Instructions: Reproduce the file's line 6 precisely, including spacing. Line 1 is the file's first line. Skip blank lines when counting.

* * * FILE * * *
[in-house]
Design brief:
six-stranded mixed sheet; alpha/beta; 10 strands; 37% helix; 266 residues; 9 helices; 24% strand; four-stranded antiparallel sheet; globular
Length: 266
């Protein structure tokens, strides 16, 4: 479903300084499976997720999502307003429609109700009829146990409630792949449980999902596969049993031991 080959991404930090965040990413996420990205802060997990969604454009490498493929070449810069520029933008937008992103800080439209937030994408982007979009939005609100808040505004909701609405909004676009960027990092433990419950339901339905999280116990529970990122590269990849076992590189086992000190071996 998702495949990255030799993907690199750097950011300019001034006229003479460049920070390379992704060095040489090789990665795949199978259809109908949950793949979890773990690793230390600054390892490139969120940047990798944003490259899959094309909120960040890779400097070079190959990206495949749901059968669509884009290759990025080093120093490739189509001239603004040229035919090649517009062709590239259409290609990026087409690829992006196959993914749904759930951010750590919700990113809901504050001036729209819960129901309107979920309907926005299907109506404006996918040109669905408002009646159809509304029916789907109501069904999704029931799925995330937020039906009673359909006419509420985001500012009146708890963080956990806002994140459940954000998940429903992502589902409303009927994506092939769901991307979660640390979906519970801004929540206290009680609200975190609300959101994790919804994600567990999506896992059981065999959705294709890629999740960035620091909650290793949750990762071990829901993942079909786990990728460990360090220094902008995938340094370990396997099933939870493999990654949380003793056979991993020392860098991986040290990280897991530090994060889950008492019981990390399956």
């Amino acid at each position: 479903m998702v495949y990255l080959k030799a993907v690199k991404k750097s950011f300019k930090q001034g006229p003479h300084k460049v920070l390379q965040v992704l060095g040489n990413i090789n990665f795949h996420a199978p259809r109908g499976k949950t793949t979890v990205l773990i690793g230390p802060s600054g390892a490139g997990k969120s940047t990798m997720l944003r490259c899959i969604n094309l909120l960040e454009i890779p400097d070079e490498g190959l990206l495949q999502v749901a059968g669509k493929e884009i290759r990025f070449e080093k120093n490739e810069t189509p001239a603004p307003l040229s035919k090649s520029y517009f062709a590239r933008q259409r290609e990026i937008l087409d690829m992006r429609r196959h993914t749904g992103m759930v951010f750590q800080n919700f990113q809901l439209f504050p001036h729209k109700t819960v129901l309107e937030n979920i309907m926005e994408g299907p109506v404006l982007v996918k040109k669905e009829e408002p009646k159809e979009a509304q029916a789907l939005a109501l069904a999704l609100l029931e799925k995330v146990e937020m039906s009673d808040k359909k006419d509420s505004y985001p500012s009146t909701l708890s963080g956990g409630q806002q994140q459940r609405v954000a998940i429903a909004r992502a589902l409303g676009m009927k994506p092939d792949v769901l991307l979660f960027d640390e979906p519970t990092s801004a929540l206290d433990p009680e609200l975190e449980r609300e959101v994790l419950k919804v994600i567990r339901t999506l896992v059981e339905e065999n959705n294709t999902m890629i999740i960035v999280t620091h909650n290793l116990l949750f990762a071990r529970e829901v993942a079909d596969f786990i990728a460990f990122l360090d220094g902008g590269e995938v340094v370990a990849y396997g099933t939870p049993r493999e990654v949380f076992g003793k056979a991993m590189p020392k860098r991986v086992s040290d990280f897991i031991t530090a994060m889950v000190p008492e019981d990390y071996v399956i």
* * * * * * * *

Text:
């Amino acid at each position: 479903m998702v495949y990255l080959k030799a993907v690199k991404k750097s950011f300019k930090q001034g006229p003479h300084k460049v920070l390379q965040v992704l060095g040489n990413i090789n990665f795949h996420a199978p259809r109908g499976k949950t793949t979890v990205l773990i690793g230390p802060s600054g390892a490139g997990k969120s940047t990798m997720l944003r490259c899959i969604n094309l909120l960040e454009i890779p400097d070079e490498g190959l990206l495949q999502v749901a059968g669509k493929e884009i290759r990025f070449e080093k120093n490739e810069t189509p001239a603004p307003l040229s035919k090649s520029y517009f062709a590239r933008q259409r290609e990026i937008l087409d690829m992006r429609r196959h993914t749904g992103m759930v951010f750590q800080n919700f990113q809901l439209f504050p001036h729209k109700t819960v129901l309107e937030n979920i309907m926005e994408g299907p109506v404006l982007v996918k040109k669905e009829e408002p009646k159809e979009a509304q029916a789907l939005a109501l069904a999704l609100l029931e799925k995330v146990e937020m039906s009673d808040k359909k006419d509420s505004y985001p500012s009146t909701l708890s963080g956990g409630q806002q994140q459940r609405v954000a998940i429903a909004r992502a589902l409303g676009m009927k994506p092939d792949v769901l991307l979660f960027d640390e979906p519970t990092s801004a929540l206290d433990p009680e609200l975190e449980r609300e959101v994790l419950k919804v994600i567990r339901t999506l896992v059981e339905e065999n959705n294709t999902m890629i999740i960035v999280t620091h909650n290793l116990l949750f990762a071990r529970e829901v993942a079909d596969f786990i990728a460990f990122l360090d220094g902008g590269e995938v340094v370990a990849y396997g099933t939870p049993r493999e990654v949380f076992g003793k056979a991993m590189p020392k860098r991986v086992s040290d990280f897991i031991t530090a994060m889950v000190p008492e019981d990390y071996v399956i």